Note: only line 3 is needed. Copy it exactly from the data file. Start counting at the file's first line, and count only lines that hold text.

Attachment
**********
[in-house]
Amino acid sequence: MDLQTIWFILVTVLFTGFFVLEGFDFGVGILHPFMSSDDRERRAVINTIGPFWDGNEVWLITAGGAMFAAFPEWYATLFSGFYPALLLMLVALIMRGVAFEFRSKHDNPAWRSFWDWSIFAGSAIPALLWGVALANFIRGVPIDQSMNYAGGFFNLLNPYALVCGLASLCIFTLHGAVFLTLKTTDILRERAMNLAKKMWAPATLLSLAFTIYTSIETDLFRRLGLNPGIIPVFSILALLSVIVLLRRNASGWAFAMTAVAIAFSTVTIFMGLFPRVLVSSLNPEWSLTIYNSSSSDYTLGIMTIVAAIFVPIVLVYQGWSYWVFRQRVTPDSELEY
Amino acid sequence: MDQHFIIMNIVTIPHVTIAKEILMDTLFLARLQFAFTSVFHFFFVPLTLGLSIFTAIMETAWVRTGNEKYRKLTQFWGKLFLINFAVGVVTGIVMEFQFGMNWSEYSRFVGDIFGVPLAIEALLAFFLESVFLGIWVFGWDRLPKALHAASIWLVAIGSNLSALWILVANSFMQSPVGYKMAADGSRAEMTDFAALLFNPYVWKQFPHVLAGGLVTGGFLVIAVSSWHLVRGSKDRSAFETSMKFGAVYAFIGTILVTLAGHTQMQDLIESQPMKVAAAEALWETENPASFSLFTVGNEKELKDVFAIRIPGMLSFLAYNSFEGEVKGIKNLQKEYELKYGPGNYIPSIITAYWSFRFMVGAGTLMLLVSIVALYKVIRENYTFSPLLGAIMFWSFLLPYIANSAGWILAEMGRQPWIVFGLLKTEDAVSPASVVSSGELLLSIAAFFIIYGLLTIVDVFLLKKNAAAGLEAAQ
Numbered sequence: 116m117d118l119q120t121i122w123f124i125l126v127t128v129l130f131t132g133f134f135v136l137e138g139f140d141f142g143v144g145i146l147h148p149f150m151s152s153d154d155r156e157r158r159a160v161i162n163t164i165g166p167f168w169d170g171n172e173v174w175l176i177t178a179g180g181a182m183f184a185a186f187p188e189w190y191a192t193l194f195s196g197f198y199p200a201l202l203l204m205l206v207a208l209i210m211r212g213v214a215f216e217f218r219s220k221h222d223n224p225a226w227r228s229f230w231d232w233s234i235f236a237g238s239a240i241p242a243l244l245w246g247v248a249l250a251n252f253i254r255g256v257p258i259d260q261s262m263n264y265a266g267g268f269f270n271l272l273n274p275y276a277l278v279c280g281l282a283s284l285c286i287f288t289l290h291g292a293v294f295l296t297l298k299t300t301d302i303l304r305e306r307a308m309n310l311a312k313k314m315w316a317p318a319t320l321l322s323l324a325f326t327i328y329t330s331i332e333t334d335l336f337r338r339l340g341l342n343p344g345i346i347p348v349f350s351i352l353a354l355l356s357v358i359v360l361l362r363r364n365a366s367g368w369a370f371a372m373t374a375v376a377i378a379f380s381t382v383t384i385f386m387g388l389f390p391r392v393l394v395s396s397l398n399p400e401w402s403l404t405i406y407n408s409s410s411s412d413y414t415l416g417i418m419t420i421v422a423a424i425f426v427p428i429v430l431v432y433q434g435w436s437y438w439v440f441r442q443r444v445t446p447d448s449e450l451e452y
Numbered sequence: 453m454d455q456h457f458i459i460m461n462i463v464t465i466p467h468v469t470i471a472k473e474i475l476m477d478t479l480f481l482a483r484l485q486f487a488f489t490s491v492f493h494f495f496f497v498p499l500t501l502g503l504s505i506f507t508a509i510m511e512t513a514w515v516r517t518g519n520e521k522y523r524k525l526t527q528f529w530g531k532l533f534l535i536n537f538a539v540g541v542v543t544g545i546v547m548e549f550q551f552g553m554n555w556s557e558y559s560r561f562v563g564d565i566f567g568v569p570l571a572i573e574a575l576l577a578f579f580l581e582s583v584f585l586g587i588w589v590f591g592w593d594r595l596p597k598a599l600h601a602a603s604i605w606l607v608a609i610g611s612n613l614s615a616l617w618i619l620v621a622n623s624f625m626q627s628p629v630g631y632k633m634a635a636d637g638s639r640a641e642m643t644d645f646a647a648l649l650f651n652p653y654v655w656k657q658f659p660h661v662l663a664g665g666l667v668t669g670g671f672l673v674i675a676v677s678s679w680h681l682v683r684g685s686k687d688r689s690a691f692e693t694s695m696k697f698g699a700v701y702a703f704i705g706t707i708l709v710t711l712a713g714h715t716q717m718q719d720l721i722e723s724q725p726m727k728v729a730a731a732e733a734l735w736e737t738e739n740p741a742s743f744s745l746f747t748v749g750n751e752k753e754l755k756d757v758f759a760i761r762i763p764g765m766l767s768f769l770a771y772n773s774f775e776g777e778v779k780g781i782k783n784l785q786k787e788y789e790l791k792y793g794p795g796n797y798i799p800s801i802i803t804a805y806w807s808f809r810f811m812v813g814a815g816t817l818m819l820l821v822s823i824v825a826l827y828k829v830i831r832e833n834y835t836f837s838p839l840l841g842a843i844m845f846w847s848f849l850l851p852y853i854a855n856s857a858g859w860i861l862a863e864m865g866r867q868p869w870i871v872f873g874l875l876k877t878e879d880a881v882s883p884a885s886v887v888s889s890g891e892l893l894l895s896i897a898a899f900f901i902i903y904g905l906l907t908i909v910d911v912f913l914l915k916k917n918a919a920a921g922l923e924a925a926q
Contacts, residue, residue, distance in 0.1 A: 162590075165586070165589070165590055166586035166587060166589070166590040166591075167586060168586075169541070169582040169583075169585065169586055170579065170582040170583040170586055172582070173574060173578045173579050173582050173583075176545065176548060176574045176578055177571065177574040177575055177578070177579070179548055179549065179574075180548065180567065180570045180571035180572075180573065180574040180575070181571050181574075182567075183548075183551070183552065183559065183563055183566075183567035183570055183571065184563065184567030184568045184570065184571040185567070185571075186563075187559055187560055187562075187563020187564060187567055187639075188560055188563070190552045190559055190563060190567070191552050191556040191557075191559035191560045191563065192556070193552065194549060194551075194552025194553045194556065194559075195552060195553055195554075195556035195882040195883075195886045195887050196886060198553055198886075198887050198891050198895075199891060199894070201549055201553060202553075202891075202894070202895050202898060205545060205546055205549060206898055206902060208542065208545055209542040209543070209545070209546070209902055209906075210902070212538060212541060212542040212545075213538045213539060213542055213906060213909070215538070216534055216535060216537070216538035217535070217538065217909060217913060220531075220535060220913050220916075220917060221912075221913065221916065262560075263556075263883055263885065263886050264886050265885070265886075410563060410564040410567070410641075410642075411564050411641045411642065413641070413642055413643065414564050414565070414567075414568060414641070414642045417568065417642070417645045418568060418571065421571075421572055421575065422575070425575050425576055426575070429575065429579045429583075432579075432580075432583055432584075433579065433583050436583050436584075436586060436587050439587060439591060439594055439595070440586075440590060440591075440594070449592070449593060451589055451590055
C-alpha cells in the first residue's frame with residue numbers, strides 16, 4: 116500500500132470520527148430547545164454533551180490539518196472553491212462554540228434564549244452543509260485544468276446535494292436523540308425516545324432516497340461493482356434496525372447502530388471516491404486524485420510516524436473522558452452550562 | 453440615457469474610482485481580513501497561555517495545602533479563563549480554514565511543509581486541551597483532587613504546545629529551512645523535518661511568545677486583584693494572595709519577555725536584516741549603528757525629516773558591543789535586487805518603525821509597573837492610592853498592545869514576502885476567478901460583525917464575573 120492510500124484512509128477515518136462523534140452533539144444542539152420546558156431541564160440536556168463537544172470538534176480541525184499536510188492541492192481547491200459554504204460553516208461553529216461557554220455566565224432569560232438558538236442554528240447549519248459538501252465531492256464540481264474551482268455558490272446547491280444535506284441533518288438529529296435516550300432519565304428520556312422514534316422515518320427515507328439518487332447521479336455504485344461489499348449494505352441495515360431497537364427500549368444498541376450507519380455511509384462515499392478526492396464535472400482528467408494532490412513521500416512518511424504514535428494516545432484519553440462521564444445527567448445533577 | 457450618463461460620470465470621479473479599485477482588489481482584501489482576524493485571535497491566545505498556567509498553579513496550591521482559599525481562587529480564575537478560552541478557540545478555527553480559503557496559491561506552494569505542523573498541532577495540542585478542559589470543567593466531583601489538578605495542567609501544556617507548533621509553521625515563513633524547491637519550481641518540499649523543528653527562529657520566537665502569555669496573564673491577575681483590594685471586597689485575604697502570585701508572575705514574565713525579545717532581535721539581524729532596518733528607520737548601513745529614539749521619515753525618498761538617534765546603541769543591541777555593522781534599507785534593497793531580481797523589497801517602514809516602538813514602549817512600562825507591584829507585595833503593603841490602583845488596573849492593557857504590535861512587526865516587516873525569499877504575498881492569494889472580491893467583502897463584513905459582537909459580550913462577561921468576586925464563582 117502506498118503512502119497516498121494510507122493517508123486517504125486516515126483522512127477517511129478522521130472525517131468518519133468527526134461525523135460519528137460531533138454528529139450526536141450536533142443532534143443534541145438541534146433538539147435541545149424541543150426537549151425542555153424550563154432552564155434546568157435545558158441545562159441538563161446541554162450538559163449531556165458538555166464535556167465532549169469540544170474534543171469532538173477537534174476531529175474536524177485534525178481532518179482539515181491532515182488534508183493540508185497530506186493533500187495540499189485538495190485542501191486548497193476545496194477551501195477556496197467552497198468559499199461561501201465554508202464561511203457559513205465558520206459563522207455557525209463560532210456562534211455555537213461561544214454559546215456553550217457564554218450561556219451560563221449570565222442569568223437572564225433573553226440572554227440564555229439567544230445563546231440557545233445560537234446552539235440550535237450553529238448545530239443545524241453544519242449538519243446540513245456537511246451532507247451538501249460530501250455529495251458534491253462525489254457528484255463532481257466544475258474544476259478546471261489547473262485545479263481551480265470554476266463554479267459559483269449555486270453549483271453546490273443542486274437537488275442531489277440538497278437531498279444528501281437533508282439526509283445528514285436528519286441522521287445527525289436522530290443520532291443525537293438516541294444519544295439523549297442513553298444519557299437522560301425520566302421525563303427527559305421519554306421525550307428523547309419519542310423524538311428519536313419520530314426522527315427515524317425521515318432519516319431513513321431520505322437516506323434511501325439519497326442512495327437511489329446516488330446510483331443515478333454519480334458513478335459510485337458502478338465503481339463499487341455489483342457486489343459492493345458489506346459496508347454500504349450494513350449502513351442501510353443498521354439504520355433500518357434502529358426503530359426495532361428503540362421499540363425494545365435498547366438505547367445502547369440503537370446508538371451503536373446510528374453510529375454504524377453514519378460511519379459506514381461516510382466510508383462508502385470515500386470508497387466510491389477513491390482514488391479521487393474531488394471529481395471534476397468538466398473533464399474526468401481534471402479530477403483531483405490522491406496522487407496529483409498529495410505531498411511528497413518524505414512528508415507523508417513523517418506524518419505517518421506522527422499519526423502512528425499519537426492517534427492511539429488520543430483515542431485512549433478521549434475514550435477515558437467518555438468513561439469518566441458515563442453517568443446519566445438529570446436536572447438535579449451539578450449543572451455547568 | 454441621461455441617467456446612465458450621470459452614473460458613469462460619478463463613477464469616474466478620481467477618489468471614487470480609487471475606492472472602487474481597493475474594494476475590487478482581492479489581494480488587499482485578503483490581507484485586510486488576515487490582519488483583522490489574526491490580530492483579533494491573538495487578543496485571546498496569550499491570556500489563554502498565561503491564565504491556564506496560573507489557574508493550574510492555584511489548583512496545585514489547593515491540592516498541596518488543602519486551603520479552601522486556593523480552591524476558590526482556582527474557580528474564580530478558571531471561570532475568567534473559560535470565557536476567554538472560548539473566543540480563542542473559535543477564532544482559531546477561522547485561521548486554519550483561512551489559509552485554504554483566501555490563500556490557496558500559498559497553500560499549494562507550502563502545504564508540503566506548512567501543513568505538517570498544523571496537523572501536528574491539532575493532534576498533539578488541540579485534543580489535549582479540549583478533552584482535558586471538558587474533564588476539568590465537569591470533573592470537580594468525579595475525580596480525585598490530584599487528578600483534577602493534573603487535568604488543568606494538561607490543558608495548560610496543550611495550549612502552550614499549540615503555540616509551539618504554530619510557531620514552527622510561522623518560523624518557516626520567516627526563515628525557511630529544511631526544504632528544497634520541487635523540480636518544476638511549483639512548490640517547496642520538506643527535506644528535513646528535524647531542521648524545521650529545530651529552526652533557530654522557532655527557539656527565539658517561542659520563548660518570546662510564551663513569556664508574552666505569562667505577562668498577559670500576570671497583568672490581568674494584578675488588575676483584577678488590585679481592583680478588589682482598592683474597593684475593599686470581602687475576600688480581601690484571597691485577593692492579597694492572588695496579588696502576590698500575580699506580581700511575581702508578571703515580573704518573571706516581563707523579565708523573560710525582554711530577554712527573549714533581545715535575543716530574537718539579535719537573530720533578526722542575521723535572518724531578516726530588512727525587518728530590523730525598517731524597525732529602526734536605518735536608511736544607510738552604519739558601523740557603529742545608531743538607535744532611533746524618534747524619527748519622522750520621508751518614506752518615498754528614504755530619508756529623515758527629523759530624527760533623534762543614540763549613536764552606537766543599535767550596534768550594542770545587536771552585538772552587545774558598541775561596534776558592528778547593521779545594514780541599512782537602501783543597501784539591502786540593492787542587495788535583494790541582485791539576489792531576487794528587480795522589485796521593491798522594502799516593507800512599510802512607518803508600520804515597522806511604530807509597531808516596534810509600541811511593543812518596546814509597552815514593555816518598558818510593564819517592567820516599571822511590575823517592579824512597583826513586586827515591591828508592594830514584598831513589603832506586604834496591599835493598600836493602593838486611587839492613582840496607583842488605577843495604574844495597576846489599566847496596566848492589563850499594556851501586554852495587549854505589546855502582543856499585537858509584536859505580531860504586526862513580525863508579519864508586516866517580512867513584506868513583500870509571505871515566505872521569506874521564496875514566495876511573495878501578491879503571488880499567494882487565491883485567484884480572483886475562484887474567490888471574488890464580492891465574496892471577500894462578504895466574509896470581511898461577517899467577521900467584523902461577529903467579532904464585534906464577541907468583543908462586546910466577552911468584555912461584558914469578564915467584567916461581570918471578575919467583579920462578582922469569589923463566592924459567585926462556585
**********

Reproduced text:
Amino acid sequence: MDQHFIIMNIVTIPHVTIAKEILMDTLFLARLQFAFTSVFHFFFVPLTLGLSIFTAIMETAWVRTGNEKYRKLTQFWGKLFLINFAVGVVTGIVMEFQFGMNWSEYSRFVGDIFGVPLAIEALLAFFLESVFLGIWVFGWDRLPKALHAASIWLVAIGSNLSALWILVANSFMQSPVGYKMAADGSRAEMTDFAALLFNPYVWKQFPHVLAGGLVTGGFLVIAVSSWHLVRGSKDRSAFETSMKFGAVYAFIGTILVTLAGHTQMQDLIESQPMKVAAAEALWETENPASFSLFTVGNEKELKDVFAIRIPGMLSFLAYNSFEGEVKGIKNLQKEYELKYGPGNYIPSIITAYWSFRFMVGAGTLMLLVSIVALYKVIRENYTFSPLLGAIMFWSFLLPYIANSAGWILAEMGRQPWIVFGLLKTEDAVSPASVVSSGELLLSIAAFFIIYGLLTIVDVFLLKKNAAAGLEAAQ